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UF PRO Tactical Gear in Flecktarn

Flecktarn is the official camouflage pattern of the “Bundeswehr” German Army and is one of Europe’s best-known concealment systems. The pattern’s unique use of spots eliminates hard boundaries between its various colours, making it extremely effective in temperate woodland terrain.


Pattern characteristics

  • Effective in temperate woodland environments 
  • Employs five colours: black, reddish-brown, dark olive, and medium olive green spots on a moss green background
  • Excellent near-IR signature masking
  • Produced using a process called dithering which creates a randomized, non-repetitive profusion of colours

Acquire more information about Flecktarn.

The word Flecktarn originated from where?

It comes from two German words that together mean spotted camouflage (“fleck,” which translates as spot, blot, or pattern; and “tarnung,” which translates as camouflage). The pattern is also known as Flecktarnmuster or Fleckentarn.

Flecktarn’s colours appear in what proportions?

The 5-colour pattern (or its 5-Farb variation) is 13% black, 41% dark green, 18% brown, 9% light green, and 19% gray green. These colours are presented as spots of varying sizes scattered in a seemingly random arrangement on a moss green background.

Which countries use Flecktarn camouflage?

Germany is the main user of Flecktarn. The camouflage pattern has been issued throughout that country’s Bundeswehr service branches (Heer/army, Luftwaffe/air force, some Marine/navy units, and even the Sanitätsdienst/medical service). The pattern is also used by Ukraine and Austria (where it’s known as Flecktarnmuster), Denmark (M/84 and M/01), Japan (Jieitai), and Russia (Flecktarn-D). 

Each of these countries have added their own twists to the basic pattern, building on its effectiveness in regions ranging from barren deserts to snow-covered tundras.

In what year was Flecktarn introduced in Germany?

The Bundeswehr began conducting field trials of Flecktarn in 1988 as a potential replacement for the green combat uniform its troops wore throughout the 1980s. By 1990, Flecktarn had become standard issue for the Bundeswehr.

What is the benefit of dithering?

Dithering, a process by which a camouflage pattern is incorporated within an image, powerfully interferes with the ability of an observer to discern the human form at a distance. Specifically, it causes the outlines of the wearer to break up and blend into his surroundings. As a pattern consisting of round spots, dithered camouflage also maximizes the colour-to-colour touchpoints, which increases its effectiveness compared to squared digital shapes.

To what extent is this camouflage effective?

It’s highly effective, and Germany’s continuing use of it serves as a testament to that effectiveness (the Bundeswehr has given no indication that it plans to replace Flecktarn any time soon). Ongoing German satisfaction with Flecktarn stems from it being an excellent choice for operations in the dense woodlands native to Europe, where sunlight barely filtering through the thick canopy of leaves causes the pattern’s darker-toned spots to seamlessly blend.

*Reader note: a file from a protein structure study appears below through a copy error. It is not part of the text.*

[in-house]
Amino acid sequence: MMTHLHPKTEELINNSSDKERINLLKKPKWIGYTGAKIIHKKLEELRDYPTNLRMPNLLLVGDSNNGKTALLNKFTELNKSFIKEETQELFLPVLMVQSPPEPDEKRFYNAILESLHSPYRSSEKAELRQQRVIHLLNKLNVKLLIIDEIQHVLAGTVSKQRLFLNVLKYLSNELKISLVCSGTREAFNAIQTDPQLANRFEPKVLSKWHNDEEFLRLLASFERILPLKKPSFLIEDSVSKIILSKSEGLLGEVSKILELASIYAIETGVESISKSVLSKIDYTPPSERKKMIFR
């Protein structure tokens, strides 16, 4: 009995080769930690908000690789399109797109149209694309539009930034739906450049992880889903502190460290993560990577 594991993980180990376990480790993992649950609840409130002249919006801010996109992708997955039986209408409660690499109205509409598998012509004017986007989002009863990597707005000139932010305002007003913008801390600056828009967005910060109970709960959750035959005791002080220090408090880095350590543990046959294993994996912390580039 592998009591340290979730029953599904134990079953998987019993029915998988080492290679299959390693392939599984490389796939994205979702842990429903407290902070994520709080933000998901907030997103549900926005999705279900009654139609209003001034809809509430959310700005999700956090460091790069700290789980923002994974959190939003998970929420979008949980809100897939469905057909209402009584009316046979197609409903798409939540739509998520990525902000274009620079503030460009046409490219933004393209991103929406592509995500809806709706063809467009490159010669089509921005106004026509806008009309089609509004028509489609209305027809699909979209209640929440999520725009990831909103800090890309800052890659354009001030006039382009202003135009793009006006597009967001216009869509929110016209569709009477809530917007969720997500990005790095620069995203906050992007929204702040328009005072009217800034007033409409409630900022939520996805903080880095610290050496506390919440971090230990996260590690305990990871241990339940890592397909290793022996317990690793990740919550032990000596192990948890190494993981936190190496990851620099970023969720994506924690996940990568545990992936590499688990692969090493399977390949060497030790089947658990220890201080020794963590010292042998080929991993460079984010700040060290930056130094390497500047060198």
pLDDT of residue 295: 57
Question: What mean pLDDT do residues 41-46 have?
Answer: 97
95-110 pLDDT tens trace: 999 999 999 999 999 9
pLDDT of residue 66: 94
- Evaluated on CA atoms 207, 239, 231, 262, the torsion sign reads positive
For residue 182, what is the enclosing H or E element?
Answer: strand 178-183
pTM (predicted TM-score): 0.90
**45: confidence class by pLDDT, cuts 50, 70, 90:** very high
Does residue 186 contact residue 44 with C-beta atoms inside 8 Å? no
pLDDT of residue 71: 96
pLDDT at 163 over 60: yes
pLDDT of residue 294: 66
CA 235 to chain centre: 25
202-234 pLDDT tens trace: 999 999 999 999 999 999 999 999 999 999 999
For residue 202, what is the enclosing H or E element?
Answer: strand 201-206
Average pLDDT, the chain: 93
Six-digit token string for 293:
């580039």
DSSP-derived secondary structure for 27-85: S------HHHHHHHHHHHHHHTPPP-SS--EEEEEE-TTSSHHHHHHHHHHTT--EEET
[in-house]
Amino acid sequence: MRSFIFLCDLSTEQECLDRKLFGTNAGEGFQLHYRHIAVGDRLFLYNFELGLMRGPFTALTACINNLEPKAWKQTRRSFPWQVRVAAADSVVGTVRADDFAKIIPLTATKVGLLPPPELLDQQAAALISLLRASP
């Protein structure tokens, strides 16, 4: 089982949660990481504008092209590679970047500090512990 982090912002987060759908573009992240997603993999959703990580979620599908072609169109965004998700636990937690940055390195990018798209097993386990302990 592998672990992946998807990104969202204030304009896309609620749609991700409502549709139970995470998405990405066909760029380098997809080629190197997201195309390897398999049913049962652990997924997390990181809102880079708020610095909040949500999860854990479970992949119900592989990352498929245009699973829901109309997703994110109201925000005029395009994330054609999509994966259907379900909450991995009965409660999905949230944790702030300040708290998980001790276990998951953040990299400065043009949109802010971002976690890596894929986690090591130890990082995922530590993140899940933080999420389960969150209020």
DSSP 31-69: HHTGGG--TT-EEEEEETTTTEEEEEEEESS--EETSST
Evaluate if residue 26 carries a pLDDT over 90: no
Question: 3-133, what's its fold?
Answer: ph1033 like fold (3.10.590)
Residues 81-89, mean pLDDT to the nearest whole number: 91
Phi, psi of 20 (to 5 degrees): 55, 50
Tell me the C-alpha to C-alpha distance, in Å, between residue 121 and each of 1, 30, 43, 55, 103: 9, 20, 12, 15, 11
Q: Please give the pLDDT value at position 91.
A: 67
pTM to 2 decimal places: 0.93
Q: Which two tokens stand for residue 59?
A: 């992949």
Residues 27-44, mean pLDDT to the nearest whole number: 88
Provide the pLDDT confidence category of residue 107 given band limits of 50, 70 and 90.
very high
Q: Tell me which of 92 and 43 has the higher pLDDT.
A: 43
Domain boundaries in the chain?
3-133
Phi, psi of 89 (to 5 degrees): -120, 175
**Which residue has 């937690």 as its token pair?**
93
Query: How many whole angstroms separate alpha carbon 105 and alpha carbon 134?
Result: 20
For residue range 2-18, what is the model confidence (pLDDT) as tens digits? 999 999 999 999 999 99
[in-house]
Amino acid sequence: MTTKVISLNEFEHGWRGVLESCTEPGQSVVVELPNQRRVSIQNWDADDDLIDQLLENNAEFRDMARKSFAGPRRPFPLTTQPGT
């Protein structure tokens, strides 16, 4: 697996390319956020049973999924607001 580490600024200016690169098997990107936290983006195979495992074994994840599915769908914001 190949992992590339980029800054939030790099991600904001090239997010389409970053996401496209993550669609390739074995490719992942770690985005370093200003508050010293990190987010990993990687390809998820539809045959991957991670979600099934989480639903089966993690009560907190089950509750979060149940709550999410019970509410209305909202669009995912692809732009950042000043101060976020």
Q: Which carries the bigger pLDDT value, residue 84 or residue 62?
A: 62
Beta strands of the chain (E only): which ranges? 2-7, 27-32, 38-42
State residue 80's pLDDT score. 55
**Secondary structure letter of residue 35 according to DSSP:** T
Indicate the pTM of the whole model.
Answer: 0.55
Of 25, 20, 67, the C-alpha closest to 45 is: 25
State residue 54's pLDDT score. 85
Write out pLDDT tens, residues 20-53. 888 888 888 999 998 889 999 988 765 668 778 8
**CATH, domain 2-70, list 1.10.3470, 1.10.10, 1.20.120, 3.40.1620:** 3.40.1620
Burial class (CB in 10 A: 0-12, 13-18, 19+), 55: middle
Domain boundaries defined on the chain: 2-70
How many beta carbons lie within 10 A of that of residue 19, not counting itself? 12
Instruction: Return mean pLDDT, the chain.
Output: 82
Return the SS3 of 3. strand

Browse other camouflage patterns

MULTICAM

The United States Army’s official camouflage pattern in Afghanistan, and adopted by armed forces around the world. Ideal for use in an impressively wide range of locations, situations, and conditions. Its high-tech pattern shapes and sizes work hand-in-glove with a unique color profile (shades of brown, green, and tan) to disrupt your visual traces and near-IR signature.

MULTICAM BLACK

This Multicam black pattern shows up a lot in the tactical apparel worn by police and military special-forces teams. Well, shows up might not be the best choice of words because this camo pattern does the exact opposite of show up if worn during night operations—then you’re as close to invisible as you can get. Mainly, though, you wear Multicam black to project authority.

CONCAMO

CONCAMO is short for “confusion camouflage.” Produces 60 layers of perceivable depth from just 8 colours arrayed in a scientifically configured pattern of shapes and shades. Works so well at tricking your brain into not seeing what's there that you'll have no confusion at all about choosing it for your next op in forests, grassy plains, mountain terrain, arid zones, villages, or cities.

PENCOTT GREENZONE

Consists of a complex combination of small and large pixelated shapes in stalk grey, shadow brown, grass green, and hay brown that merge to create the illusion of shading and additional colour tones. Effectively deceives the eye even at close range. Works especially well in verdant woodland and forest terrains; also in open temperate grassland meadows.

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